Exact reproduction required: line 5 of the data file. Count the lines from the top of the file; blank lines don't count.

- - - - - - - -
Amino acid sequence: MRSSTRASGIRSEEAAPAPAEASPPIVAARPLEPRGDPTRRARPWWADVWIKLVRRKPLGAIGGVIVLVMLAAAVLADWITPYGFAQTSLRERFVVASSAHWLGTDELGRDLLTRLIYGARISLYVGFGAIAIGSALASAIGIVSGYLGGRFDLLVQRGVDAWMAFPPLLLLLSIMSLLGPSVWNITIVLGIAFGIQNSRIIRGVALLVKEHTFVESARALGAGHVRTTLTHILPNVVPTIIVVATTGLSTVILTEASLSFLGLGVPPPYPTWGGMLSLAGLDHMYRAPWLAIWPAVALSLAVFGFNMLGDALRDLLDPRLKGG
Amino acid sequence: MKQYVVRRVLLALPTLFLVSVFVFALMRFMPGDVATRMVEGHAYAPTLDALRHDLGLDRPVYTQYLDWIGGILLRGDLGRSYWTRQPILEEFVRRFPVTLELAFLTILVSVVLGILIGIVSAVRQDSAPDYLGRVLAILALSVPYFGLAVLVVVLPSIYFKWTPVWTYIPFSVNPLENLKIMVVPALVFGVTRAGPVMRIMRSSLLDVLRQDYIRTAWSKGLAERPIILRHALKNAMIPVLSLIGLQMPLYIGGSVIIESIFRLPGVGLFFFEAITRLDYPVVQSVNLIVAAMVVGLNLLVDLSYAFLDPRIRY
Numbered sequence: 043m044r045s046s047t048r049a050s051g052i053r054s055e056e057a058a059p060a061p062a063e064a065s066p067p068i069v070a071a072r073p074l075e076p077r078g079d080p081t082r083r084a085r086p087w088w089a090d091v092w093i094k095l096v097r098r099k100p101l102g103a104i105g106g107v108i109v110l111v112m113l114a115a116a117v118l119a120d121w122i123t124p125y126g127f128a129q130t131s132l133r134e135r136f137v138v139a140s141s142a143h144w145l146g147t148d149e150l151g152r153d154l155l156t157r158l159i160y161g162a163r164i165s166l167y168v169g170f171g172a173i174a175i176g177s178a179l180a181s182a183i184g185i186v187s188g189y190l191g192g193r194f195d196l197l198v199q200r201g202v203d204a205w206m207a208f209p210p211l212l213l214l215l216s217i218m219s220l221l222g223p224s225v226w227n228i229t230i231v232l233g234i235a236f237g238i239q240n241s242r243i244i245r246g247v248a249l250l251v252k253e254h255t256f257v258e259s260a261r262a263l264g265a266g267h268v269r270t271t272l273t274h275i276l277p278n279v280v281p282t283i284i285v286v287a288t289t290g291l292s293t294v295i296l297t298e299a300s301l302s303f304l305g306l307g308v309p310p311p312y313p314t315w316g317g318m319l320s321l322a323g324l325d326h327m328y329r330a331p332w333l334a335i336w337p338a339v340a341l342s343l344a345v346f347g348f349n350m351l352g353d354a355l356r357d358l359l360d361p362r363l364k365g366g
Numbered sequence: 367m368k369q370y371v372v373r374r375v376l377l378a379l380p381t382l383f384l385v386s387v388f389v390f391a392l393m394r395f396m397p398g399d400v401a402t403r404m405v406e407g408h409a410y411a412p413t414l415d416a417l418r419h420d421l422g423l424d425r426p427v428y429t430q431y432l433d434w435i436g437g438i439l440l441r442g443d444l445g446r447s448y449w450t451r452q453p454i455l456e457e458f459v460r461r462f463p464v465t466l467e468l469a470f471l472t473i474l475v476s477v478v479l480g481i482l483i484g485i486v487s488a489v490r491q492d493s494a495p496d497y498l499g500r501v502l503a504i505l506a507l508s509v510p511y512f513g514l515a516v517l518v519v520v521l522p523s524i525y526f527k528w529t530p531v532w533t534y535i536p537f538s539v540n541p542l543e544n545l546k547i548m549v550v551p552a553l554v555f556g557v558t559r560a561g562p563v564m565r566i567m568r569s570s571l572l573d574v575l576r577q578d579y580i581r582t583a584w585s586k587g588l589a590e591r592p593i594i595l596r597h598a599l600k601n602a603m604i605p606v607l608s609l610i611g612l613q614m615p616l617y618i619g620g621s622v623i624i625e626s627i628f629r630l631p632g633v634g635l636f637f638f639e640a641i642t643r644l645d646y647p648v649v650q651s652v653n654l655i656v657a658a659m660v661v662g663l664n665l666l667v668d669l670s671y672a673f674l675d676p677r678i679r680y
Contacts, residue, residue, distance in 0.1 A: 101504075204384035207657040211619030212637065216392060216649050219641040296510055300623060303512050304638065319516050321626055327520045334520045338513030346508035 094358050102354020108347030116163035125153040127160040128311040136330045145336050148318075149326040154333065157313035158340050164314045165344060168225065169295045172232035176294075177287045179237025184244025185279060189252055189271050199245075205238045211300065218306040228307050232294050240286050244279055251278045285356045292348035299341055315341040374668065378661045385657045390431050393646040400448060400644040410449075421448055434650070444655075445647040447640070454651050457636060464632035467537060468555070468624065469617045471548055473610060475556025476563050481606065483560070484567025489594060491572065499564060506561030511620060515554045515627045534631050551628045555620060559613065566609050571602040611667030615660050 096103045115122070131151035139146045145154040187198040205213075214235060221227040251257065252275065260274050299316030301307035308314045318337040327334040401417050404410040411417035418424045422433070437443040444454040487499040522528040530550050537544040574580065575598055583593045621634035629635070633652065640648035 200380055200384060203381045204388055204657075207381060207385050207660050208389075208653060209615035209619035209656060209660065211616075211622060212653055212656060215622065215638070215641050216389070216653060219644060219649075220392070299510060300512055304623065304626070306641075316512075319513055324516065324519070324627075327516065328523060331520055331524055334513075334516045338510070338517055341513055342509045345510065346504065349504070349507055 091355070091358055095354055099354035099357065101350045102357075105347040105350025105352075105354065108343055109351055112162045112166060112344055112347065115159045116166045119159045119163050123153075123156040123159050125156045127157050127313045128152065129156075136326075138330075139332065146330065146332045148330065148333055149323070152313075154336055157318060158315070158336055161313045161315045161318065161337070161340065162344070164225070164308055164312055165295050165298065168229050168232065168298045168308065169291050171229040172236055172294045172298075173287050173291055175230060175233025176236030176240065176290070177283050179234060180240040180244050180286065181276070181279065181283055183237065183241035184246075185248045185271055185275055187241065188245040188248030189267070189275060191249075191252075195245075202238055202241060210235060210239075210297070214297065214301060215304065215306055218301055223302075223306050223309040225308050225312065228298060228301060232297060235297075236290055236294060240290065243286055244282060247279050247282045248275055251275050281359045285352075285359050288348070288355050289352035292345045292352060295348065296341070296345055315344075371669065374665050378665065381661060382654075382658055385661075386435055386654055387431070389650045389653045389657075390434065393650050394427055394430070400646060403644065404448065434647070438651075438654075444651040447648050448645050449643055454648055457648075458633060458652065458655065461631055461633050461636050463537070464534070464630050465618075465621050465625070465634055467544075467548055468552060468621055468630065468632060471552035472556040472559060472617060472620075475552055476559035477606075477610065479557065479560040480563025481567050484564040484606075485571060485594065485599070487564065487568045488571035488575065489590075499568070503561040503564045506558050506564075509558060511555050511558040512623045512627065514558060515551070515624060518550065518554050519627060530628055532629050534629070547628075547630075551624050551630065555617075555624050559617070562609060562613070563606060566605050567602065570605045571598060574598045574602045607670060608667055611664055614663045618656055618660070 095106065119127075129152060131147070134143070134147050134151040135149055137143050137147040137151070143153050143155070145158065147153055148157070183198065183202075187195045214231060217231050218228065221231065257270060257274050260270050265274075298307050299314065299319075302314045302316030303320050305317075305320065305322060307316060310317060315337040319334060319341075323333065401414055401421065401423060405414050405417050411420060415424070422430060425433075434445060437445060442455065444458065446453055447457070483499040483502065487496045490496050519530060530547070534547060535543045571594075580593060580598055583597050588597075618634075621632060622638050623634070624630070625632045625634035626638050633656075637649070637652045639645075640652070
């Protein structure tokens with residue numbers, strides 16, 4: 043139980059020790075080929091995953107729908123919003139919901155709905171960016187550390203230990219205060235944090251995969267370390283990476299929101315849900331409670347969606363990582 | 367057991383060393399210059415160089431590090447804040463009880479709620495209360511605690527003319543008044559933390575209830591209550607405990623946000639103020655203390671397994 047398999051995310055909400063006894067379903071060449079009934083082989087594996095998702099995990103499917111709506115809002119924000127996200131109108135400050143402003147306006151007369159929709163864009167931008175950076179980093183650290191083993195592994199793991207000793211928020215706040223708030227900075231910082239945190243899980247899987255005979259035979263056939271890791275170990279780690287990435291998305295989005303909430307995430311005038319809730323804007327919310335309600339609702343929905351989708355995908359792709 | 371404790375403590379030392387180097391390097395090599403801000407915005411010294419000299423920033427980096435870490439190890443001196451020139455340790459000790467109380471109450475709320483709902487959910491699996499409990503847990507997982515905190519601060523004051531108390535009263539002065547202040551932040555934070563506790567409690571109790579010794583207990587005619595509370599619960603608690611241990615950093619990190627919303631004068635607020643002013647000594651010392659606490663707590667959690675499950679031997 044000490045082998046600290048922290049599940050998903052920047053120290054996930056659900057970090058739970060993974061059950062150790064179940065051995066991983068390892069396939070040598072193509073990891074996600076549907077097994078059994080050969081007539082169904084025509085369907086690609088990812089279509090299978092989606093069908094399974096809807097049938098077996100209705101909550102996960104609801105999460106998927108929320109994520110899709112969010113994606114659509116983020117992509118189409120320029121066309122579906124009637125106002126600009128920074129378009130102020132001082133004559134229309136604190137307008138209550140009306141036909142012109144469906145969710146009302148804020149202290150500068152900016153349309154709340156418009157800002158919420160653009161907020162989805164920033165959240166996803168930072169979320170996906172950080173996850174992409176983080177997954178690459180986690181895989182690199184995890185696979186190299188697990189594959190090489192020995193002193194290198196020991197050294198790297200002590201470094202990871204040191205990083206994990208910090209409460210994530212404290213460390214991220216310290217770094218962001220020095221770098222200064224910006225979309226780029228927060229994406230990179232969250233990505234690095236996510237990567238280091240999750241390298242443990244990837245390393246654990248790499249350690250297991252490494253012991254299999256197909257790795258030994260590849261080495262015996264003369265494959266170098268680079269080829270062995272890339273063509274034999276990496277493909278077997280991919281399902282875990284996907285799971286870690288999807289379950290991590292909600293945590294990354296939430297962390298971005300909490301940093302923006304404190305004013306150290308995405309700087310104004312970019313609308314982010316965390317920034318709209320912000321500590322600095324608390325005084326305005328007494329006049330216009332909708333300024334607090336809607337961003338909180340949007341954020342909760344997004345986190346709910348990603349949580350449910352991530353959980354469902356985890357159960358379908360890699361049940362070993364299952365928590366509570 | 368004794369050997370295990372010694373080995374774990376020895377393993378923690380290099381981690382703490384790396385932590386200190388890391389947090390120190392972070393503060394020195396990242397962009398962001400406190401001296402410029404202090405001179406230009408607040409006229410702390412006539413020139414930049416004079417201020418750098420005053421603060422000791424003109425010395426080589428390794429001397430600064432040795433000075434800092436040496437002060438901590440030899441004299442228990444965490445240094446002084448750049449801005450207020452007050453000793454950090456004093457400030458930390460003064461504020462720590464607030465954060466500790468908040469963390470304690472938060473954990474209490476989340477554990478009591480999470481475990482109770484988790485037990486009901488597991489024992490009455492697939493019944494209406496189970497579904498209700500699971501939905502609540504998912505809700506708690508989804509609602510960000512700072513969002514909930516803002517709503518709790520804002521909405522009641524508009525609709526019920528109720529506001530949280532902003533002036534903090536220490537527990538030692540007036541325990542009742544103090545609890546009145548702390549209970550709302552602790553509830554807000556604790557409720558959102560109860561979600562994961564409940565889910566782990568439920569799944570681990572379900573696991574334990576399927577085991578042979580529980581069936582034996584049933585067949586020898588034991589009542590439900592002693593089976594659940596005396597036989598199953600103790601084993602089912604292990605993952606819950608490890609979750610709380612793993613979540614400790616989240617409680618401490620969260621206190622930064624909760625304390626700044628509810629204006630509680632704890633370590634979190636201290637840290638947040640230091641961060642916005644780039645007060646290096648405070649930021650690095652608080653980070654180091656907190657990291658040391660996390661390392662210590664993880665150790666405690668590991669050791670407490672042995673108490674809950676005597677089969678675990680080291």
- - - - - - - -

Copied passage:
Contacts, residue, residue, distance in 0.1 A: 101504075204384035207657040211619030212637065216392060216649050219641040296510055300623060303512050304638065319516050321626055327520045334520045338513030346508035 094358050102354020108347030116163035125153040127160040128311040136330045145336050148318075149326040154333065157313035158340050164314045165344060168225065169295045172232035176294075177287045179237025184244025185279060189252055189271050199245075205238045211300065218306040228307050232294050240286050244279055251278045285356045292348035299341055315341040374668065378661045385657045390431050393646040400448060400644040410449075421448055434650070444655075445647040447640070454651050457636060464632035467537060468555070468624065469617045471548055473610060475556025476563050481606065483560070484567025489594060491572065499564060506561030511620060515554045515627045534631050551628045555620060559613065566609050571602040611667030615660050 096103045115122070131151035139146045145154040187198040205213075214235060221227040251257065252275065260274050299316030301307035308314045318337040327334040401417050404410040411417035418424045422433070437443040444454040487499040522528040530550050537544040574580065575598055583593045621634035629635070633652065640648035 200380055200384060203381045204388055204657075207381060207385050207660050208389075208653060209615035209619035209656060209660065211616075211622060212653055212656060215622065215638070215641050216389070216653060219644060219649075220392070299510060300512055304623065304626070306641075316512075319513055324516065324519070324627075327516065328523060331520055331524055334513075334516045338510070338517055341513055342509045345510065346504065349504070349507055 091355070091358055095354055099354035099357065101350045102357075105347040105350025105352075105354065108343055109351055112162045112166060112344055112347065115159045116166045119159045119163050123153075123156040123159050125156045127157050127313045128152065129156075136326075138330075139332065146330065146332045148330065148333055149323070152313075154336055157318060158315070158336055161313045161315045161318065161337070161340065162344070164225070164308055164312055165295050165298065168229050168232065168298045168308065169291050171229040172236055172294045172298075173287050173291055175230060175233025176236030176240065176290070177283050179234060180240040180244050180286065181276070181279065181283055183237065183241035184246075185248045185271055185275055187241065188245040188248030189267070189275060191249075191252075195245075202238055202241060210235060210239075210297070214297065214301060215304065215306055218301055223302075223306050223309040225308050225312065228298060228301060232297060235297075236290055236294060240290065243286055244282060247279050247282045248275055251275050281359045285352075285359050288348070288355050289352035292345045292352060295348065296341070296345055315344075371669065374665050378665065381661060382654075382658055385661075386435055386654055387431070389650045389653045389657075390434065393650050394427055394430070400646060403644065404448065434647070438651075438654075444651040447648050448645050449643055454648055457648075458633060458652065458655065461631055461633050461636050463537070464534070464630050465618075465621050465625070465634055467544075467548055468552060468621055468630065468632060471552035472556040472559060472617060472620075475552055476559035477606075477610065479557065479560040480563025481567050484564040484606075485571060485594065485599070487564065487568045488571035488575065489590075499568070503561040503564045506558050506564075509558060511555050511558040512623045512627065514558060515551070515624060518550065518554050519627060530628055532629050534629070547628075547630075551624050551630065555617075555624050559617070562609060562613070563606060566605050567602065570605045571598060574598045574602045607670060608667055611664055614663045618656055618660070 095106065119127075129152060131147070134143070134147050134151040135149055137143050137147040137151070143153050143155070145158065147153055148157070183198065183202075187195045214231060217231050218228065221231065257270060257274050260270050265274075298307050299314065299319075302314045302316030303320050305317075305320065305322060307316060310317060315337040319334060319341075323333065401414055401421065401423060405414050405417050411420060415424070422430060425433075434445060437445060442455065444458065446453055447457070483499040483502065487496045490496050519530060530547070534547060535543045571594075580593060580598055583597050588597075618634075621632060622638050623634070624630070625632045625634035626638050633656075637649070637652045639645075640652070